The mixed results through the first two games of their opening round Stanley Cup Playoffs series against the Dallas Stars might prompt questions about the Calgary Flames’ ability to handle adversity in postseason play — something they weren’t able to do three years ago against the Colorado Avalanche.
It’ll elicit answers, unprompted, of that same playoff series in 2019 that saw the Flames drop four straight contests to be unceremoniously ushered from postseason play after finishing the regular season atop the Western Conference.
But this is a different year. Different team.
Different ability to handle playoff adversity.
“I felt in the past, ’18-’19, we got really high off the first game and really low off the second game and just could never really recover to that loss at home against Colorado,” offered Mikael Backlund, voluntarily referencing the surprising and sudden collapse of that squad after one of the best regular-season finishes in team history.
“It feels way different now going into Dallas. You learn from your past mistakes. For me personally, yeah, that’s how I go about life. I’m just really excited about tomorrow.
“Better feeling than a few years ago.”
No reason to panic, in other words.
The series is split 1-1 heading back to Texas against an opponent that finished within the wild card ranks of the Western Conference.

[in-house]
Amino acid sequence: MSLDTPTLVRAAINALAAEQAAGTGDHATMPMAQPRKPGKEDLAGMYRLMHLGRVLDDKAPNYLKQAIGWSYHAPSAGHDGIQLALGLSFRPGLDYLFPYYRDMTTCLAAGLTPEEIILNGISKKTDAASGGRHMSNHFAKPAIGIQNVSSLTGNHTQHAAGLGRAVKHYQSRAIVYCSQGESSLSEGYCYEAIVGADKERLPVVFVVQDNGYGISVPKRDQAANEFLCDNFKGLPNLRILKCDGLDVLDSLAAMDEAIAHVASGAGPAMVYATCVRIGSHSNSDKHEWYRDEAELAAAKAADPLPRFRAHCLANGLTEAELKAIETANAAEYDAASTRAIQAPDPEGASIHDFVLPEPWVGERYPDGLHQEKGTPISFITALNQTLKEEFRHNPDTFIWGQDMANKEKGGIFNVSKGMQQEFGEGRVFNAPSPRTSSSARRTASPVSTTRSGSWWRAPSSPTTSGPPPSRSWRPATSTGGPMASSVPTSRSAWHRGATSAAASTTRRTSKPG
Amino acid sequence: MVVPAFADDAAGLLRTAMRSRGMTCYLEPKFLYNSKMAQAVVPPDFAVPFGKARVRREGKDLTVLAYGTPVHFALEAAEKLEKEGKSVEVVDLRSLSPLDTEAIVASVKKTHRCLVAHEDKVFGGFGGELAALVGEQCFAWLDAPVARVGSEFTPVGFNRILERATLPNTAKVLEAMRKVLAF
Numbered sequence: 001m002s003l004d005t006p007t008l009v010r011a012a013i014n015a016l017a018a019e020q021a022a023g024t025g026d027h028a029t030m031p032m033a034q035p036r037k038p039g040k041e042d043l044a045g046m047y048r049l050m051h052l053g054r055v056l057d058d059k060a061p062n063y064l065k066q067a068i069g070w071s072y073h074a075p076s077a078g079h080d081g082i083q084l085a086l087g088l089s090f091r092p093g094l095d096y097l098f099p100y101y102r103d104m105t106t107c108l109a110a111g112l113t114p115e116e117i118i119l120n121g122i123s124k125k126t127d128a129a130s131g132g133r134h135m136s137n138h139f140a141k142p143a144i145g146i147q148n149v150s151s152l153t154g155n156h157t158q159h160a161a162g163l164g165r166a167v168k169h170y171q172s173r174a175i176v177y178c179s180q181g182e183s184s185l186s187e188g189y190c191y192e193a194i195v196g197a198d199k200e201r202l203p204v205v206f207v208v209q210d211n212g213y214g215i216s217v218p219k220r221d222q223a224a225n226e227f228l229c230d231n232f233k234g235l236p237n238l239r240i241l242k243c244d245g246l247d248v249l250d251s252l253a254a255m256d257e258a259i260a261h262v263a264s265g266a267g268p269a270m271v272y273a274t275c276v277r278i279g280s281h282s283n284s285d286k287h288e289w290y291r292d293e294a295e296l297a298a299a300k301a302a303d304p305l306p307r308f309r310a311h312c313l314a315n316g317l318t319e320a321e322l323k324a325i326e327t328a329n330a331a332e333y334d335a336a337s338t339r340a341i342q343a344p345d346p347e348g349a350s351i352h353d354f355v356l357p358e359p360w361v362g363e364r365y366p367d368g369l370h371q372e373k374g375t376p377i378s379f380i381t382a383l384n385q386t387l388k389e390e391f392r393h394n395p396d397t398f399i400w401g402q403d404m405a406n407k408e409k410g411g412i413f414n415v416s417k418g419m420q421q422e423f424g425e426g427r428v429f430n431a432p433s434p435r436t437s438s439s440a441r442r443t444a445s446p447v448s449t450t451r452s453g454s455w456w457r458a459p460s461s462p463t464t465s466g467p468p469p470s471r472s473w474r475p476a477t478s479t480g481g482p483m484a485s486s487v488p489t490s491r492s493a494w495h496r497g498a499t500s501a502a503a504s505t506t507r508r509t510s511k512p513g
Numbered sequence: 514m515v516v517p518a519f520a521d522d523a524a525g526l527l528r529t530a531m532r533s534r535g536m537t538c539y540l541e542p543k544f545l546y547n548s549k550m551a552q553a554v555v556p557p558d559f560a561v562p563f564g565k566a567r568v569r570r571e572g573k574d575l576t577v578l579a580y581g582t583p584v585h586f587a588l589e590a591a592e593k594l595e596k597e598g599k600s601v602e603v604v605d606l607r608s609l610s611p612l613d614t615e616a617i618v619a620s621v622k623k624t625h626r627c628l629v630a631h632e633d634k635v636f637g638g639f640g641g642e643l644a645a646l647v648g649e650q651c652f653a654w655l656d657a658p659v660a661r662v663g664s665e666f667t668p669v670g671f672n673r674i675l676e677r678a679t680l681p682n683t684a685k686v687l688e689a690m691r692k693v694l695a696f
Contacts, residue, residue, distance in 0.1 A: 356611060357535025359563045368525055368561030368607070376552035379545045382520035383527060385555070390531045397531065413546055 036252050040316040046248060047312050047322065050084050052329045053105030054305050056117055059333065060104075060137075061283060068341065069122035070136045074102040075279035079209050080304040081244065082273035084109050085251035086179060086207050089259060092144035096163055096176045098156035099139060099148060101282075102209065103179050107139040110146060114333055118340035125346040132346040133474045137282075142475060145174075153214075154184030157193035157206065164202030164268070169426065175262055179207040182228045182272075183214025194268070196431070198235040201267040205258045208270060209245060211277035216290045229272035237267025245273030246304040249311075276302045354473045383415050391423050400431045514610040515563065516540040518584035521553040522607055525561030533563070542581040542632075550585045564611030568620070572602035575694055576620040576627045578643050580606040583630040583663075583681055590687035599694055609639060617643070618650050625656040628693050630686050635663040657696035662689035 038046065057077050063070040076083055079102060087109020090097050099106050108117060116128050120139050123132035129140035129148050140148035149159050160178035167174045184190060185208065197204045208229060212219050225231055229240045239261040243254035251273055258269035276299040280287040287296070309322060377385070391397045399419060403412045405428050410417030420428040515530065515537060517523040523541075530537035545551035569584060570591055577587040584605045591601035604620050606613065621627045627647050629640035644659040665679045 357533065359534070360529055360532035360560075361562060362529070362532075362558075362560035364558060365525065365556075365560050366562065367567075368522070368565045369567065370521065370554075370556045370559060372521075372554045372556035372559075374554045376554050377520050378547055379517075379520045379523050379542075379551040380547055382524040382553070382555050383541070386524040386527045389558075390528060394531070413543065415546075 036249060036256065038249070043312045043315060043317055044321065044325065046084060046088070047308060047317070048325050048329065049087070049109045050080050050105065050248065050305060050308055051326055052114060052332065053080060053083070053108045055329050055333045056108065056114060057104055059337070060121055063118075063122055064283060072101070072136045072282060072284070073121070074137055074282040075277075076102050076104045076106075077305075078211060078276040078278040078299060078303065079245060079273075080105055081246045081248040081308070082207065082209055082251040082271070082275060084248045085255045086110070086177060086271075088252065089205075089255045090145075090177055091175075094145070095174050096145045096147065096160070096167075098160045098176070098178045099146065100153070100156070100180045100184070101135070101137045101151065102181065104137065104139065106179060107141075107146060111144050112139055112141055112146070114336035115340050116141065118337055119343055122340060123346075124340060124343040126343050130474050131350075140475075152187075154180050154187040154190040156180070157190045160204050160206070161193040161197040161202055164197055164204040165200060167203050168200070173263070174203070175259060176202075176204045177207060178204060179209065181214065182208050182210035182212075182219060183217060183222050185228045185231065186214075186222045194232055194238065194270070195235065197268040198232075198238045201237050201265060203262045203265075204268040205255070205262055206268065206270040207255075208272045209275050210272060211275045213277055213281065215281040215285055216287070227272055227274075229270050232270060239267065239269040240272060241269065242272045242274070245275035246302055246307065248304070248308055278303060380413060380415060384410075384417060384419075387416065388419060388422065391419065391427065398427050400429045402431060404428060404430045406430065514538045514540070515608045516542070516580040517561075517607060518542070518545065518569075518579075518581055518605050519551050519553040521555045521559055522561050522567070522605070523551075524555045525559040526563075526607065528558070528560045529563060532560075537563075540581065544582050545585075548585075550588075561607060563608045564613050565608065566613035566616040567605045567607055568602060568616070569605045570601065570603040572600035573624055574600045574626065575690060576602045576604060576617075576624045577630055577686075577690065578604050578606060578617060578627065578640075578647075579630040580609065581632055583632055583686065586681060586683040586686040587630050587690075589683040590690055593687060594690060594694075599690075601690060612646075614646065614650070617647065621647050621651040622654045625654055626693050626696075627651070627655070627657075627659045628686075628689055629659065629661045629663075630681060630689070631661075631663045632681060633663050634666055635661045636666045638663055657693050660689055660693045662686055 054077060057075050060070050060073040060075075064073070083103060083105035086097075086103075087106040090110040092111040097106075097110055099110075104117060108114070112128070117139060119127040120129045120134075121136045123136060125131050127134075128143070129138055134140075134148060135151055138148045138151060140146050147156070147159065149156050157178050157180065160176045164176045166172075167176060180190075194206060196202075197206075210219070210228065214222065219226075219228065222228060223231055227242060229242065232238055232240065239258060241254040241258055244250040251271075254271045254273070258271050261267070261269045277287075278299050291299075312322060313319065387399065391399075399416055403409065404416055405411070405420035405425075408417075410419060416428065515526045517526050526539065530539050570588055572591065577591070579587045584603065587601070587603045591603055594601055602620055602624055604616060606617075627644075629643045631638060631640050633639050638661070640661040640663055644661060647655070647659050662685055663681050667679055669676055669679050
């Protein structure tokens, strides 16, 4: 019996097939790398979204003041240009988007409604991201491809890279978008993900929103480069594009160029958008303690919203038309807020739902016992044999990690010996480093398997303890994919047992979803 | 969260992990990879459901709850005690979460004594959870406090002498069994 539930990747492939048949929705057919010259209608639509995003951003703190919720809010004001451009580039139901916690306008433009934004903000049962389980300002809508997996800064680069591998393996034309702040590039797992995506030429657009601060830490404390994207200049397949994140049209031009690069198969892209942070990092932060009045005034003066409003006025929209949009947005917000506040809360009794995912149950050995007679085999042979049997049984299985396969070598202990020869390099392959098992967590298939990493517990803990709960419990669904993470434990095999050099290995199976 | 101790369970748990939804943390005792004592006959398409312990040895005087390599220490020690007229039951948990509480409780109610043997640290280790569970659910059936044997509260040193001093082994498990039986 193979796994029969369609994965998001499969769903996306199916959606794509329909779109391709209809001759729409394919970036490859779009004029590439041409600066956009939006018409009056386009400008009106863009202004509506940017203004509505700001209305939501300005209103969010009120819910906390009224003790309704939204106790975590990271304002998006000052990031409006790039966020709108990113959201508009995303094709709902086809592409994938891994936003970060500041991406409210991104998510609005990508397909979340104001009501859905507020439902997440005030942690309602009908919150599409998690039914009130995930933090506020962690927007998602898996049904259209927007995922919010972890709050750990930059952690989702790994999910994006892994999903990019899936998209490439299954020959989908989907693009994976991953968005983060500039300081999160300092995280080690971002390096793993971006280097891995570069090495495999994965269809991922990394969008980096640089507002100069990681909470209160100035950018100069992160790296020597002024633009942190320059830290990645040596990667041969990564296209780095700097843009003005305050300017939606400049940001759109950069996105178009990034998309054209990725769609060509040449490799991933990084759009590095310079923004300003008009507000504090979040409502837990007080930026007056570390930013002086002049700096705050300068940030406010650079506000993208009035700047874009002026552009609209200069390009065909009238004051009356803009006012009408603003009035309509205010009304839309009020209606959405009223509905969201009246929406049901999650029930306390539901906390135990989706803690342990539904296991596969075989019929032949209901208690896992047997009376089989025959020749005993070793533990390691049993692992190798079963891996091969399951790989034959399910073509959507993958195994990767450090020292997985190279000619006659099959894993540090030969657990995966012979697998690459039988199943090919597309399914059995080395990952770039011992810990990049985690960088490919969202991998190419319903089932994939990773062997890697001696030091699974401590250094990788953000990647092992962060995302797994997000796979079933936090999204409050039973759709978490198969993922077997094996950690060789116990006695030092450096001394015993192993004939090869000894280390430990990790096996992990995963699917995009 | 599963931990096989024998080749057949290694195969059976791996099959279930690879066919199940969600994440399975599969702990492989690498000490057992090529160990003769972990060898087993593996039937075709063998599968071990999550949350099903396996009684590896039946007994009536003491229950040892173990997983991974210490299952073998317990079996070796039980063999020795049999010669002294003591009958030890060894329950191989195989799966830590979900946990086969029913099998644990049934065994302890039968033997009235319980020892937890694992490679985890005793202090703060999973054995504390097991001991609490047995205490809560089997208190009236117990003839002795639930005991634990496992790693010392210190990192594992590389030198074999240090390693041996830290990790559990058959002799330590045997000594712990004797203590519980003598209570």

But a more veteran, battle-tested leadership core with more Stanley Cup experience — and Stanley Cup rings — has made for a more even-keel approach for the club that has scored just once in 120 minutes in the series.
“I think your veteran guys pull a lot of weight with your group, always,” skipper Darryl Sutter said. “I think your young guys are looking for that leadership. That’s why it’s four of out seven – not bumps in the road. We played two, 1-0 games. We’ll take that all the time.”
The finger is off the button. The mood is still light.
And the swagger is still there.
“We need to have confidence, right?” Calgary forward Andrew Mangiapane said. “Obviously, we’re a good team. We know that. We’ve had success during the regular season, of course. But now we need to have confidence and that swagger that we are a good team and just because we lose one game, it really doesn’t matter for us.
“Have that confidence to go out there and play our game in Game 3.”
It’ll take 16 total wins to hoist Lord Stanley’s Cup overhead.
The expectation wasn’t that they’d all come in a row, Backlund admitted.
“I don’t think that has ever happened in the NHL,” Backlund said. “It’s a very tight league. You look at all the other series. We weren’t expecting to win 16 in a row. We’re still hoping we will win those 16, but we’ve got to take it day by day and shift by shift.”
Forget 16 in a row.
The Flames weren’t even anticipating four.
Calgary wasn’t expecting a sweep of the Stars, which they bested with a 2-0-1 record in the regular season.
“It’s a long series,” Mangiapane said. “I think it’s pretty tough to sweep a team 4-0, so you have to learn from your mistakes, adapt, and keep moving forward.
“Obviously I don’t think anyone is really happy with the result yesterday but tomorrow is a new game for us and it’s time for us to play a full 60 minutes like we know how to do. We’ve been doing it all year.”
A calmer approach.
From a more mature, battle-tested team.
“There’s going to be ups and downs during a playoff series,” said Mangiapane, a rookie in 2019. “It’s never going to be easy to beat a team four games. We didn’t think it was going to be easy coming into it, so just gotta go out there and continue to play our game.”